Think outside the box: ten outrageous predictions for 2009

Update: 3 Apr 2009: I have been getting more positive about the possibility of a cyclical upturn before 2009 is over (what I like to call a fake recovery). Meanwhile, the punderati are seeing black when they should be seeing shades of grey. As a result, I wanted to re-post this December article as a reminder to all of you and to myself of the perils of becoming wedded to a certain ideological bias.

Also see the following article on the site Overcoming Bias.

Here’s the original post:

For a long time Byron Wien of Morgan Stanley used to have his “Ten Surprises for” whatever year we were about to enter. The predictions were sometimes head-scratchers and they were definitely ‘out there.’ Most of the time, these predictions ended up being wrong. Now, Saxobank has taken over from Morgan Stanley in this department. Their list is outlandish — and I’ll get to it in a moment. But, first, I want to say these predictions serve a very useful purpose.

It’s called thinking outside the box. All of us have a bias that reinforces a false belief in the certainty of what we believe to be true. It’s called the overconfidence effect. Basically, we construct a mental map in our minds of what is probable and what is improbable. Over time, these beliefs harden and become what is certain and what is certainly not. I got a true test of this in business school.

My professor asked us some off the wall question like how much does the earth weigh. After we wrestled with the question and wrote down our answers, he then asked us to put a 95% confidence interval around the answer. He said give me a range of numbers that you believe the earth’s weight is 95% certain to be in. We mulled this over and answered. Result? Our 95% confidence interval was wrong something like 40% of the time within the class. Why?

Basically, by asking us the first question: how much does the earth weigh and giving us a chance to think about it, our professor was secretly giving our little pea brains a chance to become overconfident. By the time he asked us the second question, we had become anchored to the first answer. Essentially, he asked us to think outside the box and the mix of our overconfidence and anchoring caused us to make catastrophically wrong answers.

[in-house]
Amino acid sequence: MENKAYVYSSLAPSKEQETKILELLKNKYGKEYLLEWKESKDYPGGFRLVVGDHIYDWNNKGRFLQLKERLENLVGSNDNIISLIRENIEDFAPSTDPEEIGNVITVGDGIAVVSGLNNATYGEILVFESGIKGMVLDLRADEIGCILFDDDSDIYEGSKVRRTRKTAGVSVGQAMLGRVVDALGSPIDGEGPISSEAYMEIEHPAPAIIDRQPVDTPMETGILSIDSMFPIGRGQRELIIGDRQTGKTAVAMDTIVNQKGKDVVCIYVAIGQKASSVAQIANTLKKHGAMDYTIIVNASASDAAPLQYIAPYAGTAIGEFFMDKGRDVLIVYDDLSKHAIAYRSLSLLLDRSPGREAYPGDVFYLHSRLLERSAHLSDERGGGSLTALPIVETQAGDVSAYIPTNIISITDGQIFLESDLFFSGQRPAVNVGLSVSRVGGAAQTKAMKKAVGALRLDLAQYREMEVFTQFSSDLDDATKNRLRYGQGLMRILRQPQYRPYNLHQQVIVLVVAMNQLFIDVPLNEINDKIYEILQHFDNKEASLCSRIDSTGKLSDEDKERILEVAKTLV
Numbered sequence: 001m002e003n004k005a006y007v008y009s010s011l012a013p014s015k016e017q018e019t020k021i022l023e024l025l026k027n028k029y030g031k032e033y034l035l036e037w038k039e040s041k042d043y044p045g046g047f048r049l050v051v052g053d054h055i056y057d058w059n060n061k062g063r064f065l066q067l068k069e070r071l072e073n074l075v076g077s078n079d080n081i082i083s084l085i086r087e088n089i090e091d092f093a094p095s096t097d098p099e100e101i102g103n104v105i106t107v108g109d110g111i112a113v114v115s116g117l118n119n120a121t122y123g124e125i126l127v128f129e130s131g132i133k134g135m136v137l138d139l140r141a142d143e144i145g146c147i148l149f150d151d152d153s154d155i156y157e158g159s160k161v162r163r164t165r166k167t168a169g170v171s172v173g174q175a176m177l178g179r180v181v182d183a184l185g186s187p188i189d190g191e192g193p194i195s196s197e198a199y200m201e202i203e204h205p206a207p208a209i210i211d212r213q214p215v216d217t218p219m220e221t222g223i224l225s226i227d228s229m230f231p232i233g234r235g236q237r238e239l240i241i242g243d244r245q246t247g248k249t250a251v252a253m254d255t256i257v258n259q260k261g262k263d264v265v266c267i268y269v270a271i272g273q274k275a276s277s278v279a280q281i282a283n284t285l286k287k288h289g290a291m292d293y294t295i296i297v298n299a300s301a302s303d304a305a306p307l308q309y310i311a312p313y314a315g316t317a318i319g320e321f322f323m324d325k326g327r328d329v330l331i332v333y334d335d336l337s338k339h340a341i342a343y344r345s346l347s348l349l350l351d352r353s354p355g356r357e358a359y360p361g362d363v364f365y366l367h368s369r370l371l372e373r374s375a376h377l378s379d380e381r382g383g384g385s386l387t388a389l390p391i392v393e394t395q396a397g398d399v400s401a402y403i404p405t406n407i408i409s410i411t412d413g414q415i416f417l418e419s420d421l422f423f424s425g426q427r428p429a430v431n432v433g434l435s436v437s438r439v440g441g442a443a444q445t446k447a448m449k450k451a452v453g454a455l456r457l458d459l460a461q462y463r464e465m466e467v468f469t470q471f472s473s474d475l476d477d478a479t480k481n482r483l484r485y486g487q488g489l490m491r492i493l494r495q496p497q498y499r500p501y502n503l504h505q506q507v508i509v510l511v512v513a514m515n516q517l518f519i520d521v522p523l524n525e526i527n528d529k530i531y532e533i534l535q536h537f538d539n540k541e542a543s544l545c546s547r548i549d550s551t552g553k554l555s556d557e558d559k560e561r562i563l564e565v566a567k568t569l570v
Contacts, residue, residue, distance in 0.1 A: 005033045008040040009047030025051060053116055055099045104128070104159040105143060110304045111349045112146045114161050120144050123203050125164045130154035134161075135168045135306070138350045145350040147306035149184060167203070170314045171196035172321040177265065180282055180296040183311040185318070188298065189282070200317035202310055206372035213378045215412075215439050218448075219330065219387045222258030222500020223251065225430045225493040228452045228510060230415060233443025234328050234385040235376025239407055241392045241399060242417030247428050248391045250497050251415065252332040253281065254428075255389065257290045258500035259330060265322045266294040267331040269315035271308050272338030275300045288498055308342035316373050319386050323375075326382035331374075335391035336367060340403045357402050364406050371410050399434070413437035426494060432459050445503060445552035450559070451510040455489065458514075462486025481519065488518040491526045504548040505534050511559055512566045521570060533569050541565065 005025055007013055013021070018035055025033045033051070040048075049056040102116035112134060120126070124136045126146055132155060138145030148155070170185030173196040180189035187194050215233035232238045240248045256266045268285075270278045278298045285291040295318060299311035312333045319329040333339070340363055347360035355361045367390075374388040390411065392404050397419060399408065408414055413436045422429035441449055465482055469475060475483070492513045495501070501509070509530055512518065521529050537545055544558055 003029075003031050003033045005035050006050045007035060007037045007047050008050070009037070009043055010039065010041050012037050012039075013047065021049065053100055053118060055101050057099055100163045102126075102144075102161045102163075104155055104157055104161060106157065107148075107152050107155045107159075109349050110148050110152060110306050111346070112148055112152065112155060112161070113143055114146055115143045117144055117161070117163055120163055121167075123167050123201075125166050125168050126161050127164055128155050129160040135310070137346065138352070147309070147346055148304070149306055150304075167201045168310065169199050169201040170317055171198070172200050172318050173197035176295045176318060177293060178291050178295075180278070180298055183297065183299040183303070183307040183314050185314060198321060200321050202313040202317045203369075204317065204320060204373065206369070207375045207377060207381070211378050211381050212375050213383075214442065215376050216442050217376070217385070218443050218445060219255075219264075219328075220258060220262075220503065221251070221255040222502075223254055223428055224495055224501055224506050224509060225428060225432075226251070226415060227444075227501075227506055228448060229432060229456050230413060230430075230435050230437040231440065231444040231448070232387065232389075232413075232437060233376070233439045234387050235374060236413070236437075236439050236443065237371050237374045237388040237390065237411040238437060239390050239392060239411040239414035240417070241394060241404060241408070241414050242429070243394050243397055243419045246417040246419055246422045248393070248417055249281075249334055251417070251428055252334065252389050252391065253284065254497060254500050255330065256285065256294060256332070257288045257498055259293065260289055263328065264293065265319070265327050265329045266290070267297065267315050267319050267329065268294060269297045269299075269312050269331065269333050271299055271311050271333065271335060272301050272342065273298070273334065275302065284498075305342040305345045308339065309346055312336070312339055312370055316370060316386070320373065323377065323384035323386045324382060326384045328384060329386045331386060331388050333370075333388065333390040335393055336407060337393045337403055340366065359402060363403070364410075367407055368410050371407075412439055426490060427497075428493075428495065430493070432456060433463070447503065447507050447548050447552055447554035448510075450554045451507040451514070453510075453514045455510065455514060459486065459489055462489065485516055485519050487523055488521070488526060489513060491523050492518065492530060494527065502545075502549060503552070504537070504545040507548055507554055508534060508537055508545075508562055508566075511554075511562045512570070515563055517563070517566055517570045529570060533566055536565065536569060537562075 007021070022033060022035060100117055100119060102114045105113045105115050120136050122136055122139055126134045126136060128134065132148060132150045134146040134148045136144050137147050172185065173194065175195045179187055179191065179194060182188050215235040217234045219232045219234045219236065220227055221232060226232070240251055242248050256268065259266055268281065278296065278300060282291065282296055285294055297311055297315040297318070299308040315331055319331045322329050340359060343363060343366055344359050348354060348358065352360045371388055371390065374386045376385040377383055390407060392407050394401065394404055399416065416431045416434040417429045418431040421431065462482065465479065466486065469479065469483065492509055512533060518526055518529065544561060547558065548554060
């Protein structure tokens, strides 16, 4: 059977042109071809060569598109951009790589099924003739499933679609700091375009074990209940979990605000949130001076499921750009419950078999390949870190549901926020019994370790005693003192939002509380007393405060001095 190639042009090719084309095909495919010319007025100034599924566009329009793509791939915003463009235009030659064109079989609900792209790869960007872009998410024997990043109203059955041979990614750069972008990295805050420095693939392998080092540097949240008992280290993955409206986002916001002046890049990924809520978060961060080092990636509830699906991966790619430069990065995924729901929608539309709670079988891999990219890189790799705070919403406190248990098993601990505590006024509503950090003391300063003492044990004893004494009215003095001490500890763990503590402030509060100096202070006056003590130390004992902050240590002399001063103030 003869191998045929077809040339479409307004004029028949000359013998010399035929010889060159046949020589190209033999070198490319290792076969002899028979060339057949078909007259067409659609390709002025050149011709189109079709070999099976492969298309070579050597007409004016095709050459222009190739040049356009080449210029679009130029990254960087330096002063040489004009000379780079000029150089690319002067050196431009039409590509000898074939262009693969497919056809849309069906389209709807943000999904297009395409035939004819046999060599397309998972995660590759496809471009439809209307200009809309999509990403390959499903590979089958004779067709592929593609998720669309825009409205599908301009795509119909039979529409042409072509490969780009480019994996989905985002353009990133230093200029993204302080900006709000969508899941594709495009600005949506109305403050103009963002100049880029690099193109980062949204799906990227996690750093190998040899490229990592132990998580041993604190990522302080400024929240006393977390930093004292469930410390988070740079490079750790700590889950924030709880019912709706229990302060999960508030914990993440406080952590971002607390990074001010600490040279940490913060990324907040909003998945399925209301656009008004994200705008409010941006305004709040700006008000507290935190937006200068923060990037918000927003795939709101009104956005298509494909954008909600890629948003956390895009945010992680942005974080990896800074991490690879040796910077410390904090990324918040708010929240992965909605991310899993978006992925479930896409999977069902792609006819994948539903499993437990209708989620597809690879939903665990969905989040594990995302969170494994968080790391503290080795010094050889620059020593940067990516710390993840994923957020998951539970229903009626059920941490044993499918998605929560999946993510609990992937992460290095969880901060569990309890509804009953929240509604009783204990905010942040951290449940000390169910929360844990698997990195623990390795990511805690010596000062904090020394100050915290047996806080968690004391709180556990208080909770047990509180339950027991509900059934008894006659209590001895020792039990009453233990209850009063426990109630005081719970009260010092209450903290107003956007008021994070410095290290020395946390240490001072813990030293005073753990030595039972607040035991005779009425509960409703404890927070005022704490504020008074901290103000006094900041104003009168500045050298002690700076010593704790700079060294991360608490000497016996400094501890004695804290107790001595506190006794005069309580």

That’s how humans work. And this was a 10-minute exercise. Just think if you spend your life looking at economic events and making predictions. The likelihood of your being anchored to a specific prediction is that much greater. Eventually, you become so overconfident about this prediction that you are willing to bet the farm on the outcome.

Enter Saxobank. They have just released a list of outrageous predictions like $25 oil and civil unrest in Iran. Now, even I had become anchored to $147 oil because I thought I was being aggressive in July when I predicted $100 oil (my secret whisper number was $70). So saying $25 a barrel is extreme to the max.

The point is we all need to make ourselves familiar with extreme outcomes. Otherwise, we risk becoming too certain about a range of possibilities that is much too narrow. And when the unexpected happens, we will be quite unprepared.

Here is Saxo’s list.

[Outlook 2009] 10 outrageous claims from Saxobank – FT Alphaville
Outrageous predictions -Saxobank (pdf)

Related articles
Anchoring – Wikipedia
Overconfidence effect – Wikipedia

Originally posted on 18 Dec 2008 (1438 ET)

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